If recent media images of the international Hasidic community are any indication, the ultra-Orthodox are in dire need of an image makeover. On May 10th, pictures of Hasidic protestors clashing with Israeli police during the Women Of The Wall’s first prayer service, following the recent landmark ruling by the Jerusalem District Court allowing women to wear prayer shawls at the Western Wall, were blanketed across news sites and social media. Ironically, the night before, thousands of Hasidic men filled a baseball stadium in Rockland County at a rally to protest the evils of the Internet, photos of which instantly saturated cyberspace along with a deluge of tweets, Facebook comments and blog posts, urging the Hasidim to step out of the Dark Ages. A recent New York Magazine piece raised an uproar in the Hasidic community of Ramapo after divulging how the ultra-Orthodox there took over the public schools and proceeded to gut them, despite the fact that virtually all Orthodox children in the district attend private yeshivas.
If an image consultant isn’t exactly what the Hasidic community wants, or thinks it needs, Bramson ORT College is providing that service gratis, as it educates members of the Hasidic community, so that they can contribute positively to society, while maintaining their core religious beliefs.
Founded over 130 years ago to provide training and vocational skills to Jews all over the world, ORT gave rise to Bramson ORT College in the 1940s to assist Holocaust survivors and refugees acculturate into American society. In 2011, the college launched the B’derech program, a unique initiative catering to the Hasidic communities of Boro Park, Williamsburg, Monsey and Flatbush. Hasidic men, many of whom are in Kollel or work during the day, are provided the opportunity to earn a GED and an Associate Degree in either business, accounting, computer programming, networking or graphic design.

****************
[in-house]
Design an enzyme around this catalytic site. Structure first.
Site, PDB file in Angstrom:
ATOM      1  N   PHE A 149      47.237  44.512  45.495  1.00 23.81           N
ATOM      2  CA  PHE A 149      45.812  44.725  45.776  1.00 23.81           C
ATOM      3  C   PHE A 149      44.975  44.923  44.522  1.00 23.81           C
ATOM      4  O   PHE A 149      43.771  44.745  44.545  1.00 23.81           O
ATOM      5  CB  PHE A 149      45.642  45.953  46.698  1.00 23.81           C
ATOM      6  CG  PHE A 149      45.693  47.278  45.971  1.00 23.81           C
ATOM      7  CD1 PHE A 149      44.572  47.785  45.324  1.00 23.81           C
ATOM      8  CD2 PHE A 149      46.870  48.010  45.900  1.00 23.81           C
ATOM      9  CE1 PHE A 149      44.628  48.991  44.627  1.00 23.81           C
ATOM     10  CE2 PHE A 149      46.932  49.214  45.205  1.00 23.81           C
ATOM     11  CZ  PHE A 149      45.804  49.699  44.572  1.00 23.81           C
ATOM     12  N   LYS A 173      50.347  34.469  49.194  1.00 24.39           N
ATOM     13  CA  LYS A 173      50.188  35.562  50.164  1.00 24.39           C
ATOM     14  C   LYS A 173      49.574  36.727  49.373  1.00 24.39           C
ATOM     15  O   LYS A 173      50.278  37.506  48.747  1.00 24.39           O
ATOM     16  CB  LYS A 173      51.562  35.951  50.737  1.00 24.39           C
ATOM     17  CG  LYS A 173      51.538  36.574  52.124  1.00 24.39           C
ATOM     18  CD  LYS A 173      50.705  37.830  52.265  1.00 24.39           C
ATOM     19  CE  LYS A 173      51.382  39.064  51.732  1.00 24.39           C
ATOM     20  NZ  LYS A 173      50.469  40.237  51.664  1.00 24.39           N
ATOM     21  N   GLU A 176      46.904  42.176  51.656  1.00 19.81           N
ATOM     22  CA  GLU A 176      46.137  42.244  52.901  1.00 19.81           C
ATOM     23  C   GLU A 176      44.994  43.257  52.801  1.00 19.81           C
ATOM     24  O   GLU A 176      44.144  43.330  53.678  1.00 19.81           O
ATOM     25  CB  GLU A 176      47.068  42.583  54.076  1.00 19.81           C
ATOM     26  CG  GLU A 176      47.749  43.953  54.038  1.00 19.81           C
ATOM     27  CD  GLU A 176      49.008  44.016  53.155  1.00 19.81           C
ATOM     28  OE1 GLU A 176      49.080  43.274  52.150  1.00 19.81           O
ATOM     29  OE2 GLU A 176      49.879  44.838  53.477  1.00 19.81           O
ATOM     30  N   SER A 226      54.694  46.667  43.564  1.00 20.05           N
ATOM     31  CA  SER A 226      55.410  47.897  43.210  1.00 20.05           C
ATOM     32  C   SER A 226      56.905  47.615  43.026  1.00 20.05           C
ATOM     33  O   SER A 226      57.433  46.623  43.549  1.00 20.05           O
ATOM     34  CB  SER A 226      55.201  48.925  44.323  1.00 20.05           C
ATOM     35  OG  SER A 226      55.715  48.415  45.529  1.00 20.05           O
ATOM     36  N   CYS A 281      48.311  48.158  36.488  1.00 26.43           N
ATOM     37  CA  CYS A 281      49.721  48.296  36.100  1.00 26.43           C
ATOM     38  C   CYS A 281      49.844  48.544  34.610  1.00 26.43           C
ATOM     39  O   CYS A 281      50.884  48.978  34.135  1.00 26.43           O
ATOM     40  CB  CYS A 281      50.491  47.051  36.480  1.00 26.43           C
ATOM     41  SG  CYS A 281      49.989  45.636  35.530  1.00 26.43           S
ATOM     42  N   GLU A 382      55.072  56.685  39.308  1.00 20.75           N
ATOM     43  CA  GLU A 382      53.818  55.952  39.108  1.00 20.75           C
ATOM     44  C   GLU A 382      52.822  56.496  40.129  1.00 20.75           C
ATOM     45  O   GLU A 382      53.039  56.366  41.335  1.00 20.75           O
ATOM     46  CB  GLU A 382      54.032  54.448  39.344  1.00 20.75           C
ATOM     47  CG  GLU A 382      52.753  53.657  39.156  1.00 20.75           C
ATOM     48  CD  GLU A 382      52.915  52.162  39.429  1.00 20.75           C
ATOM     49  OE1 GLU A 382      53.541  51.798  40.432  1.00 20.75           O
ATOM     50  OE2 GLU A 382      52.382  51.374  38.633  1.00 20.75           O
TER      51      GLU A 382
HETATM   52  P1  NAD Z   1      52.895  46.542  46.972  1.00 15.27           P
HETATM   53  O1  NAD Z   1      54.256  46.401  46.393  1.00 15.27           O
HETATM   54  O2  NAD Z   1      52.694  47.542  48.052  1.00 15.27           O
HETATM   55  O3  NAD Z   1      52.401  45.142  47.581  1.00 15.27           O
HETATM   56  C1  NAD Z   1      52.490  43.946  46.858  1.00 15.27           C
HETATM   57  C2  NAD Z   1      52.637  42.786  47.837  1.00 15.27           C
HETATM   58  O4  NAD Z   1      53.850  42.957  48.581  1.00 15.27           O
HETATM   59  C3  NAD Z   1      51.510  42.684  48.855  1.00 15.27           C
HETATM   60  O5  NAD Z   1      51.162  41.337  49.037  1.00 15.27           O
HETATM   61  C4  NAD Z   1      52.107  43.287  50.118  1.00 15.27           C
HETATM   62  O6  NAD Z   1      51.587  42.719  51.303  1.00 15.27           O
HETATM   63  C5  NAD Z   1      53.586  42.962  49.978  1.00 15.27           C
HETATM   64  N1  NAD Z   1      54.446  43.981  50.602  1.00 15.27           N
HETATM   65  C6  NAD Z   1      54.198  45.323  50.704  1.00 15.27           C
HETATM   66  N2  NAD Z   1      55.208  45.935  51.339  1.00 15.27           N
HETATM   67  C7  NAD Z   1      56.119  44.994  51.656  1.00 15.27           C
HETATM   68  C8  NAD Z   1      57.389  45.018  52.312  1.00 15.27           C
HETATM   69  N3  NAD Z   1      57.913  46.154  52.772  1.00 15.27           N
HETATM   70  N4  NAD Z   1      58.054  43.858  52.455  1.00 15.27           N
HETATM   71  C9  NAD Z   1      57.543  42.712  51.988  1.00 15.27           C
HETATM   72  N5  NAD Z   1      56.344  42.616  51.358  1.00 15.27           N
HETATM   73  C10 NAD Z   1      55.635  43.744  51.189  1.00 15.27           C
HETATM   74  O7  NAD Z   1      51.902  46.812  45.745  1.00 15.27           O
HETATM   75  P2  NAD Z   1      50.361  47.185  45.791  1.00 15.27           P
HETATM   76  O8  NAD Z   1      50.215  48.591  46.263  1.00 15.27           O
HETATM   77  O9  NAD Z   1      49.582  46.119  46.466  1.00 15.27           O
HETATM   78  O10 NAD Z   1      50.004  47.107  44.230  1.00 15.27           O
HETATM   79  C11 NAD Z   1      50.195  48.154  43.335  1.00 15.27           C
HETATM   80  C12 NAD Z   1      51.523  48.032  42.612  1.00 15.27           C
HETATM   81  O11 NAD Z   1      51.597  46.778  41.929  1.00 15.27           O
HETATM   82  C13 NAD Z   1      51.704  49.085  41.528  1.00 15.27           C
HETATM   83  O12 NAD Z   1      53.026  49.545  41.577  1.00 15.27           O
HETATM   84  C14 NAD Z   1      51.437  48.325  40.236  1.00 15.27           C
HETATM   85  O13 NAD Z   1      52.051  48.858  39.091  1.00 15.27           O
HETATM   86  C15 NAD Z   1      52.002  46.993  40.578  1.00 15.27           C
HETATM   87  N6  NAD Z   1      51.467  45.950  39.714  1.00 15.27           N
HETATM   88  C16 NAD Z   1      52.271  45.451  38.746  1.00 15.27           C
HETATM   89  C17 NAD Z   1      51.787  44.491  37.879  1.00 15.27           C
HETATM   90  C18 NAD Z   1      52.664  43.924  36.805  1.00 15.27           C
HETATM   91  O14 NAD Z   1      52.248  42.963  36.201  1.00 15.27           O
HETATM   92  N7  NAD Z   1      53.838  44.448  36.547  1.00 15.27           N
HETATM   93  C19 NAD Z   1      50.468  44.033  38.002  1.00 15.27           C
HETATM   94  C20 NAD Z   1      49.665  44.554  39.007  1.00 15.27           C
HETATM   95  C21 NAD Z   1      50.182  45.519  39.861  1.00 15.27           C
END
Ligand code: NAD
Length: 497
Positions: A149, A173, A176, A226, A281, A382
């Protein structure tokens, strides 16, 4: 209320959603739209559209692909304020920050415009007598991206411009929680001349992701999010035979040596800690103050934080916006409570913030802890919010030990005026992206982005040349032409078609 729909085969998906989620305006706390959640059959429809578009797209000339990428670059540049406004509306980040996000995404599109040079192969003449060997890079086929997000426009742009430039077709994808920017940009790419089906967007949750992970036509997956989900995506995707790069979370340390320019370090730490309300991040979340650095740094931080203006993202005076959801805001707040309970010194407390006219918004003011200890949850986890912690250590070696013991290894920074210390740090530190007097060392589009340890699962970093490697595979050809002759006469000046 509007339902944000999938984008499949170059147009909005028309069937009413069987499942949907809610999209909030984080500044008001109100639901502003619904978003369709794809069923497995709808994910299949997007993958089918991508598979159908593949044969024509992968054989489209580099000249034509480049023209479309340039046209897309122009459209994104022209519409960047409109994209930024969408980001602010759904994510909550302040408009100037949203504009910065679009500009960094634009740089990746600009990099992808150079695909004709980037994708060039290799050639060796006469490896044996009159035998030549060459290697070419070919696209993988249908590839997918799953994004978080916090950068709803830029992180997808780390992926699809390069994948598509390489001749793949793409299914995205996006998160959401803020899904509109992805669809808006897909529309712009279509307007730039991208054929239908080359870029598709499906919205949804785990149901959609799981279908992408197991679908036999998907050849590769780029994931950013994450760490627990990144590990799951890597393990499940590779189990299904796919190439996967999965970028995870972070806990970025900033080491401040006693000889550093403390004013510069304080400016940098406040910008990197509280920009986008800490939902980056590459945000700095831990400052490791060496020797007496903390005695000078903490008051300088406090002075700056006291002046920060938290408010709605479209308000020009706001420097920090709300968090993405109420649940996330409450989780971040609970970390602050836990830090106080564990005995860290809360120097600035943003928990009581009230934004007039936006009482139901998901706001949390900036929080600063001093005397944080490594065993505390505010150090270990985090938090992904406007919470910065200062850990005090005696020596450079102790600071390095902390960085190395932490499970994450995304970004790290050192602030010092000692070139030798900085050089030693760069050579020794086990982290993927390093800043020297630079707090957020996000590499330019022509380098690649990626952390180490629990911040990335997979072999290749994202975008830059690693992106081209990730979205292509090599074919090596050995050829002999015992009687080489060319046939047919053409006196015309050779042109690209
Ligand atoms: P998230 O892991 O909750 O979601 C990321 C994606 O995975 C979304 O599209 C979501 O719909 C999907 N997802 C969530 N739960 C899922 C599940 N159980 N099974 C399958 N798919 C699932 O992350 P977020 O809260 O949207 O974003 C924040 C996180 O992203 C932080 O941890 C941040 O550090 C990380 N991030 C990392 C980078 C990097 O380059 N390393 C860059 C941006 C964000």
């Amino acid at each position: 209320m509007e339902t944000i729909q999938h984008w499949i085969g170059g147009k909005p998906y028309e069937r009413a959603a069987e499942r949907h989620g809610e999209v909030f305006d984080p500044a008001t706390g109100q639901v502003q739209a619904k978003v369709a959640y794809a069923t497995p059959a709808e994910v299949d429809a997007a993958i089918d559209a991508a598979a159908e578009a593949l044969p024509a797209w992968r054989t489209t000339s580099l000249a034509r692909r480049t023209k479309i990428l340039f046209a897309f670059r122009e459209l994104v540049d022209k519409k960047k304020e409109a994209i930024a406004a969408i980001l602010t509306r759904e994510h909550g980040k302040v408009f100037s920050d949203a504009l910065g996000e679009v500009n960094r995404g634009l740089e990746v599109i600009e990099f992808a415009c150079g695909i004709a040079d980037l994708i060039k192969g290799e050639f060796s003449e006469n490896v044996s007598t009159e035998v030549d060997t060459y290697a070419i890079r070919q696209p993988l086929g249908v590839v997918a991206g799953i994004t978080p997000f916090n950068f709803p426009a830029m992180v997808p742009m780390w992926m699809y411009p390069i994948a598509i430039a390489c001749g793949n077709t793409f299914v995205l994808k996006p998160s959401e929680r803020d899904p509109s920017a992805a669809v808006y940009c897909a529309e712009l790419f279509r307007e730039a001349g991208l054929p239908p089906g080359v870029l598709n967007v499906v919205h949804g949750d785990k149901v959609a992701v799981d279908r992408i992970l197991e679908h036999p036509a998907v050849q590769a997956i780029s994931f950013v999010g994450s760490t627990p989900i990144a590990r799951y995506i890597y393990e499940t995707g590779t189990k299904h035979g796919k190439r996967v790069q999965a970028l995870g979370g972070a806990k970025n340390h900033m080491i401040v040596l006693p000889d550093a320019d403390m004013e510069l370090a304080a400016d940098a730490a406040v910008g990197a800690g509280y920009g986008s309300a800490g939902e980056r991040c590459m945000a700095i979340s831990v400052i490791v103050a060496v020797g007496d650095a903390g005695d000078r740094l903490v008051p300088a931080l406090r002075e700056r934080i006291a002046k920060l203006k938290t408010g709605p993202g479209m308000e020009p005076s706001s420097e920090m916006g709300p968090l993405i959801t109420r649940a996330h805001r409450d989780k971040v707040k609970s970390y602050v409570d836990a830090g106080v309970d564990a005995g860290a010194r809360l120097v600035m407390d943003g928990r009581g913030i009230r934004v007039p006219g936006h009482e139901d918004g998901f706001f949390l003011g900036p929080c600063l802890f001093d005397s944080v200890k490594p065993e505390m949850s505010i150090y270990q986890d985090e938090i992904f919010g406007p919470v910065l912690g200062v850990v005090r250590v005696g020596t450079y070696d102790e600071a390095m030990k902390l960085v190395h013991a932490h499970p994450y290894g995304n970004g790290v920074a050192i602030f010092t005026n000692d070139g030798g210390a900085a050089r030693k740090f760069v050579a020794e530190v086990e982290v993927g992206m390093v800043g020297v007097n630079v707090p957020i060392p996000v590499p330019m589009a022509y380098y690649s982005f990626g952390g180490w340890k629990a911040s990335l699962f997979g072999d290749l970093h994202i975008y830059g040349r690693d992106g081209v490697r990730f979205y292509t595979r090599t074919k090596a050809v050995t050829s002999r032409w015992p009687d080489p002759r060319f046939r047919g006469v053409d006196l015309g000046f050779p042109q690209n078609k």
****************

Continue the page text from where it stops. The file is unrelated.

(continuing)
In order to accommodate yeshiva, work and family schedules, these students attend male only classes with male teachers three nights a week and on Sunday afternoons. As part of the program, students earn their GED by taking college level courses, which NY State recognizes as fulfilling their GED requirements. At the end of 16 months, these students complete the program with both their Associate Degree and GED in hand. Perhaps most importantly, though, they leave the program with newly developed confidence and maturity, which allow them to shed some of the limiting beliefs about themselves and the world outside their intensely insular communities – beliefs that continue to hinder so many of their brethren.
“Many came in with a very low academic acumen, but with a strong desire to make something of themselves. Most are leaving with greater self assurance and confidence, as well as a drive to conquer the world,” said Yair Rosenrauch, Director of Bramson ORT’s Brooklyn Extension Center.
M.S., who recently completed his yeshiva education, said at a recent meeting with ORT supporters, “I want to study here because I can receive an education and not change who I am. I want to study in general because one day I may lose my job, but they can never take away my education.” B.P., 56, a torah teacher for many years, came to Bramson in order to earn his accounting degree. “If I can do it, anyone can,” he said.
The first class of twenty, ranging in age from 18 to 56, is scheduled to graduate in June. B’derech’s new semester begins on June 16th.